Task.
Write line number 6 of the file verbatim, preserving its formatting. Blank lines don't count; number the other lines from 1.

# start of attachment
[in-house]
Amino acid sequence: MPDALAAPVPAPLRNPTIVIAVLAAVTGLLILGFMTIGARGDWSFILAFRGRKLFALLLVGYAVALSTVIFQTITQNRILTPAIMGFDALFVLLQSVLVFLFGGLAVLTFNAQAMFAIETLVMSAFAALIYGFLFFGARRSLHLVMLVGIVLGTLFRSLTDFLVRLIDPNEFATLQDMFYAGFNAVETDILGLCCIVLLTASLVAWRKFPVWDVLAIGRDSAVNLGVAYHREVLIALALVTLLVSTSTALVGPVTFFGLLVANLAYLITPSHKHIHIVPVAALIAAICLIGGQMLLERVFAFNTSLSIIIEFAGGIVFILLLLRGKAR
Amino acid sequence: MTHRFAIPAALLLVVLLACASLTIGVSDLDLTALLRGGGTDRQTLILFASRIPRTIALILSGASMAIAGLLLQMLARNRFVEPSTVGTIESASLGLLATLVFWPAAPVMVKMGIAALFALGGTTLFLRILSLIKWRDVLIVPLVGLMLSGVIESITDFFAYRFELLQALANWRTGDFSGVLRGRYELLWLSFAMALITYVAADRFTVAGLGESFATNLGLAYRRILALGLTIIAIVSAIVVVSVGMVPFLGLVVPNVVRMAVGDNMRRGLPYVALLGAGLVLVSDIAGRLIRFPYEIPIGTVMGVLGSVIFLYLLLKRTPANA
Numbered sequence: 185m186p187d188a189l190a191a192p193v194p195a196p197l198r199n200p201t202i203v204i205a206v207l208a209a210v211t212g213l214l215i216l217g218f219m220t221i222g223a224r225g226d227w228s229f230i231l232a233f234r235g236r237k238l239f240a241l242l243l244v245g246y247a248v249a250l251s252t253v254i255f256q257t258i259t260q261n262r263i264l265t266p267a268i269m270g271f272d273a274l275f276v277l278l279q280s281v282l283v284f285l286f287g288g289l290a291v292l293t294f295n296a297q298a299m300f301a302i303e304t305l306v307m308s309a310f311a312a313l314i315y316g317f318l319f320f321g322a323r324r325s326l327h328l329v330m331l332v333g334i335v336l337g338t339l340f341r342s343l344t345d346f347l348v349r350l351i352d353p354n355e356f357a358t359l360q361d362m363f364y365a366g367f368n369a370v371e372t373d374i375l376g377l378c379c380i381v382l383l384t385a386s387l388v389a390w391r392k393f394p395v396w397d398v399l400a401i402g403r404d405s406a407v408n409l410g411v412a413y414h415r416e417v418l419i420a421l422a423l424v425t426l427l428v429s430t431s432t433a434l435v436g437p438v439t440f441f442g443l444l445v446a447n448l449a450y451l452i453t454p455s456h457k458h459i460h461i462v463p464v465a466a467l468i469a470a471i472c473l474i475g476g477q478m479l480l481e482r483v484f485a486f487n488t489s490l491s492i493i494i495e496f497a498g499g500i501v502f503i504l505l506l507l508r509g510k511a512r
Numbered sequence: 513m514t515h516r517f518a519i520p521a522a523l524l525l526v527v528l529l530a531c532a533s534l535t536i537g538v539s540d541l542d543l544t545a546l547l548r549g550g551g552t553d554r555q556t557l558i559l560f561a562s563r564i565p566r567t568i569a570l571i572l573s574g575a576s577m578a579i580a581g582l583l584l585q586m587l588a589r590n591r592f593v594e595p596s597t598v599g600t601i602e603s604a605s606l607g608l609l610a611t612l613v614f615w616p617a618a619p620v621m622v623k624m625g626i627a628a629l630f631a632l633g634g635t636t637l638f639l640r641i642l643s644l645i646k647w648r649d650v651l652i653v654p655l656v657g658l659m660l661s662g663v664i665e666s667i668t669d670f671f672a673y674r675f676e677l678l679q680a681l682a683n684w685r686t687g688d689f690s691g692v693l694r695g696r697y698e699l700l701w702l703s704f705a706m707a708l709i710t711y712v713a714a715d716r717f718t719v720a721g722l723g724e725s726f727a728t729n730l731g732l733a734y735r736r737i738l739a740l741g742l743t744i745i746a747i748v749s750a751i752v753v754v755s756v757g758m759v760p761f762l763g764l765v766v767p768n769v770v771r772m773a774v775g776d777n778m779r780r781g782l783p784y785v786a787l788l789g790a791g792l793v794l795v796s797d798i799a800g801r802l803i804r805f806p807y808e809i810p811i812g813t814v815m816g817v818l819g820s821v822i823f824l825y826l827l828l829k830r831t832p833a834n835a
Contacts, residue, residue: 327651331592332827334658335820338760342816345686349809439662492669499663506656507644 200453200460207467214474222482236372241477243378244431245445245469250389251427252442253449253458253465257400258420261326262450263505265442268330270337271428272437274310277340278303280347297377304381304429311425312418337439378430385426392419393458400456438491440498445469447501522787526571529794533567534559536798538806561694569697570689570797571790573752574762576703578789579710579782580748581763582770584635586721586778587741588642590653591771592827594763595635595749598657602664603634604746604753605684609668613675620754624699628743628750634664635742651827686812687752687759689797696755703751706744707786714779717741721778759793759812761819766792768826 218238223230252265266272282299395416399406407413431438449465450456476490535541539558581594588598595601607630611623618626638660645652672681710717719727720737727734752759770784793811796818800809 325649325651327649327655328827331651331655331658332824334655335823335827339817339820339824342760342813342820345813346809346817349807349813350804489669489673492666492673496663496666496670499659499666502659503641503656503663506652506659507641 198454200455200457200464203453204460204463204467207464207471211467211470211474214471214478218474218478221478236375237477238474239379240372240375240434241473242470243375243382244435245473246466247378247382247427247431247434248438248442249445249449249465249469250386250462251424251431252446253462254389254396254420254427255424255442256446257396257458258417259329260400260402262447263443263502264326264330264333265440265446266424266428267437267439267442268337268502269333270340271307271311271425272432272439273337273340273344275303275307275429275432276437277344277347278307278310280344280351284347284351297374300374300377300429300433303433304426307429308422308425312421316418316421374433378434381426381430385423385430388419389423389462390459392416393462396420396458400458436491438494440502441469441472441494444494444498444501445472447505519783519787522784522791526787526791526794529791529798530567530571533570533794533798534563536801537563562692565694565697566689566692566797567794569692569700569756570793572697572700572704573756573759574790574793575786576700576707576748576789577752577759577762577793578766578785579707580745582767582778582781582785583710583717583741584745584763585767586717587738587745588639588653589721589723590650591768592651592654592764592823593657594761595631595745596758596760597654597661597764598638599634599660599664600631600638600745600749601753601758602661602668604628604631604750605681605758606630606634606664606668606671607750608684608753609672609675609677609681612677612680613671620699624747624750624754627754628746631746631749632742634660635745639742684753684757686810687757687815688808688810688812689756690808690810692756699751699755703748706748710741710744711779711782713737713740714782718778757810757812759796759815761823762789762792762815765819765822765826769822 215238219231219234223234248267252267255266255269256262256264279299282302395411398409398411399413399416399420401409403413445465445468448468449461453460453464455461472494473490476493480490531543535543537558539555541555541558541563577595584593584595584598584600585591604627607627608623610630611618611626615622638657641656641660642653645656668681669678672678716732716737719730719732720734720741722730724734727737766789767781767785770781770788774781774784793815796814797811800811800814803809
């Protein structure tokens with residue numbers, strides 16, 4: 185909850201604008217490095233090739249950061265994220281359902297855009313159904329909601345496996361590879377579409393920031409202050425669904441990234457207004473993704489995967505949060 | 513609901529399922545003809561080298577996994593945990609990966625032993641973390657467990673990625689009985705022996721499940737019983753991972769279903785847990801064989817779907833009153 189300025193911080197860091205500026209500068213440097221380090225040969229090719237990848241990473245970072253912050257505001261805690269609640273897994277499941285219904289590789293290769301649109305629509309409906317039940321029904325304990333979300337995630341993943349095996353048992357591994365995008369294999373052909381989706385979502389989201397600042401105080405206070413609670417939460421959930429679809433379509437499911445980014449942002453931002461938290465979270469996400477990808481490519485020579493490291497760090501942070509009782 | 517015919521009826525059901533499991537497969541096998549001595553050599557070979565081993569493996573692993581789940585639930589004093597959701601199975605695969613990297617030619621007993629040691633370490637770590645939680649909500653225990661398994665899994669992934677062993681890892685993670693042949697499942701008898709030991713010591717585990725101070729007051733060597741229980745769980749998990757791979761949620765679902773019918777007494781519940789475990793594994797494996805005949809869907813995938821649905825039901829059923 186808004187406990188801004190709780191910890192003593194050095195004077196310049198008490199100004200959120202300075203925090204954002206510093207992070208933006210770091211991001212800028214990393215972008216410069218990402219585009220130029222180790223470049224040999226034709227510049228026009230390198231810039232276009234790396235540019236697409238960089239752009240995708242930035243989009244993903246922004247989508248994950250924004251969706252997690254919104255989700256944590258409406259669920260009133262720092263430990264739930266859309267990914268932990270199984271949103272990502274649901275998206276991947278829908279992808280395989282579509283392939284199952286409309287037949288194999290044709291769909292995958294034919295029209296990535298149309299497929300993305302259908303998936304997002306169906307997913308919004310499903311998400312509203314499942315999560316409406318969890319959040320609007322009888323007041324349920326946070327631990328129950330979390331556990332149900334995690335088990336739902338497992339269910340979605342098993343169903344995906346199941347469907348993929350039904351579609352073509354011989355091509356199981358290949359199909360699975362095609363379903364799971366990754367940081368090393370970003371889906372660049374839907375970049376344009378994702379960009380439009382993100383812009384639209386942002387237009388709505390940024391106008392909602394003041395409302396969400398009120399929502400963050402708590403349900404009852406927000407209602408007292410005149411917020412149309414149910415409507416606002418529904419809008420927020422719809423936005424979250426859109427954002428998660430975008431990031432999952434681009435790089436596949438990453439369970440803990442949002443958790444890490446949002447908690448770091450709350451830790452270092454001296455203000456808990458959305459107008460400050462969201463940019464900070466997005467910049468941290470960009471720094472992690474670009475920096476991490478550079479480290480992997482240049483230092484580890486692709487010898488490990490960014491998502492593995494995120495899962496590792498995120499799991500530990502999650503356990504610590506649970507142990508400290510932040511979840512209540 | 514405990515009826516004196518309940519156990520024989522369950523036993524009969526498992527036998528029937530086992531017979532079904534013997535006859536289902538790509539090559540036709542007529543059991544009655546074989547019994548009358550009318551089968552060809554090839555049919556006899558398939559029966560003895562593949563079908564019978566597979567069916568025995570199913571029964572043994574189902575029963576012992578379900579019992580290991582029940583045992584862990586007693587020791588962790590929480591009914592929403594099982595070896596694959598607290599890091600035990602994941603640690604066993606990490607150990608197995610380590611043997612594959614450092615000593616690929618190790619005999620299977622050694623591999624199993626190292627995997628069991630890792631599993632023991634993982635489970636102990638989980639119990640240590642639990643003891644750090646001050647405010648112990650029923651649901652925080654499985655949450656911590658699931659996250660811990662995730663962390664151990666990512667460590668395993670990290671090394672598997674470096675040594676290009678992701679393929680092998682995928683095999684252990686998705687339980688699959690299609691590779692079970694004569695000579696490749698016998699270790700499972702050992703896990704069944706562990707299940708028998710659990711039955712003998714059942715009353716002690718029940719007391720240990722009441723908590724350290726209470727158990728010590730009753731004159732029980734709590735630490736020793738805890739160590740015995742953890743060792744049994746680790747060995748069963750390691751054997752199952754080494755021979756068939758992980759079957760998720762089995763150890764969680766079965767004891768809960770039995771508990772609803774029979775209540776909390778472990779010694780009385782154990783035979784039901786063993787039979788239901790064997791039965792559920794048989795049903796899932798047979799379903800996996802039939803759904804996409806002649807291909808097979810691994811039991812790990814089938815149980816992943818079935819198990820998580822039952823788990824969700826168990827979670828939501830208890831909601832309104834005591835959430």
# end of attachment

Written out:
Contacts, residue, residue: 327651331592332827334658335820338760342816345686349809439662492669499663506656507644 200453200460207467214474222482236372241477243378244431245445245469250389251427252442253449253458253465257400258420261326262450263505265442268330270337271428272437274310277340278303280347297377304381304429311425312418337439378430385426392419393458400456438491440498445469447501522787526571529794533567534559536798538806561694569697570689570797571790573752574762576703578789579710579782580748581763582770584635586721586778587741588642590653591771592827594763595635595749598657602664603634604746604753605684609668613675620754624699628743628750634664635742651827686812687752687759689797696755703751706744707786714779717741721778759793759812761819766792768826 218238223230252265266272282299395416399406407413431438449465450456476490535541539558581594588598595601607630611623618626638660645652672681710717719727720737727734752759770784793811796818800809 325649325651327649327655328827331651331655331658332824334655335823335827339817339820339824342760342813342820345813346809346817349807349813350804489669489673492666492673496663496666496670499659499666502659503641503656503663506652506659507641 198454200455200457200464203453204460204463204467207464207471211467211470211474214471214478218474218478221478236375237477238474239379240372240375240434241473242470243375243382244435245473246466247378247382247427247431247434248438248442249445249449249465249469250386250462251424251431252446253462254389254396254420254427255424255442256446257396257458258417259329260400260402262447263443263502264326264330264333265440265446266424266428267437267439267442268337268502269333270340271307271311271425272432272439273337273340273344275303275307275429275432276437277344277347278307278310280344280351284347284351297374300374300377300429300433303433304426307429308422308425312421316418316421374433378434381426381430385423385430388419389423389462390459392416393462396420396458400458436491438494440502441469441472441494444494444498444501445472447505519783519787522784522791526787526791526794529791529798530567530571533570533794533798534563536801537563562692565694565697566689566692566797567794569692569700569756570793572697572700572704573756573759574790574793575786576700576707576748576789577752577759577762577793578766578785579707580745582767582778582781582785583710583717583741584745584763585767586717587738587745588639588653589721589723590650591768592651592654592764592823593657594761595631595745596758596760597654597661597764598638599634599660599664600631600638600745600749601753601758602661602668604628604631604750605681605758606630606634606664606668606671607750608684608753609672609675609677609681612677612680613671620699624747624750624754627754628746631746631749632742634660635745639742684753684757686810687757687815688808688810688812689756690808690810692756699751699755703748706748710741710744711779711782713737713740714782718778757810757812759796759815761823762789762792762815765819765822765826769822 215238219231219234223234248267252267255266255269256262256264279299282302395411398409398411399413399416399420401409403413445465445468448468449461453460453464455461472494473490476493480490531543535543537558539555541555541558541563577595584593584595584598584600585591604627607627608623610630611618611626615622638657641656641660642653645656668681669678672678716732716737719730719732720734720741722730724734727737766789767781767785770781770788774781774784793815796814797811800811800814803809